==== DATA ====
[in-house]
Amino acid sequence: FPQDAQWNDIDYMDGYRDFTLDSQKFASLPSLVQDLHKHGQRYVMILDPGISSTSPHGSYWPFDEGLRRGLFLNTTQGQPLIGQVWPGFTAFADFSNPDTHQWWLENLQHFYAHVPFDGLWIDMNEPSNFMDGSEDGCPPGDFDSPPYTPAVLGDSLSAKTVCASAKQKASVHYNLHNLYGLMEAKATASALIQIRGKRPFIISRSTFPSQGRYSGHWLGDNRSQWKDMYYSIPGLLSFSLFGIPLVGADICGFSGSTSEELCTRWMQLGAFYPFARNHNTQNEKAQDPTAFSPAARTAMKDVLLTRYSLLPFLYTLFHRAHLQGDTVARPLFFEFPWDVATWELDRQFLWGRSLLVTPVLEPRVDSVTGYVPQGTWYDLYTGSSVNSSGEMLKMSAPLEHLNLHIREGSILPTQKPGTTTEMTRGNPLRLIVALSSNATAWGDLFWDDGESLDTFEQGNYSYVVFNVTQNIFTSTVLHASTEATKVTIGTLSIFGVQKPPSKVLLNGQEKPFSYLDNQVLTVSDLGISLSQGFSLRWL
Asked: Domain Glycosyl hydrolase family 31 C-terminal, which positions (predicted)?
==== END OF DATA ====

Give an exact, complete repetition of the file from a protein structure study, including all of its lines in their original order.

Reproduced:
[in-house]
Amino acid sequence: FPQDAQWNDIDYMDGYRDFTLDSQKFASLPSLVQDLHKHGQRYVMILDPGISSTSPHGSYWPFDEGLRRGLFLNTTQGQPLIGQVWPGFTAFADFSNPDTHQWWLENLQHFYAHVPFDGLWIDMNEPSNFMDGSEDGCPPGDFDSPPYTPAVLGDSLSAKTVCASAKQKASVHYNLHNLYGLMEAKATASALIQIRGKRPFIISRSTFPSQGRYSGHWLGDNRSQWKDMYYSIPGLLSFSLFGIPLVGADICGFSGSTSEELCTRWMQLGAFYPFARNHNTQNEKAQDPTAFSPAARTAMKDVLLTRYSLLPFLYTLFHRAHLQGDTVARPLFFEFPWDVATWELDRQFLWGRSLLVTPVLEPRVDSVTGYVPQGTWYDLYTGSSVNSSGEMLKMSAPLEHLNLHIREGSILPTQKPGTTTEMTRGNPLRLIVALSSNATAWGDLFWDDGESLDTFEQGNYSYVVFNVTQNIFTSTVLHASTEATKVTIGTLSIFGVQKPPSKVLLNGQEKPFSYLDNQVLTVSDLGISLSQGFSLRWL
Asked: Domain Glycosyl hydrolase family 31 C-terminal, which positions (predicted)?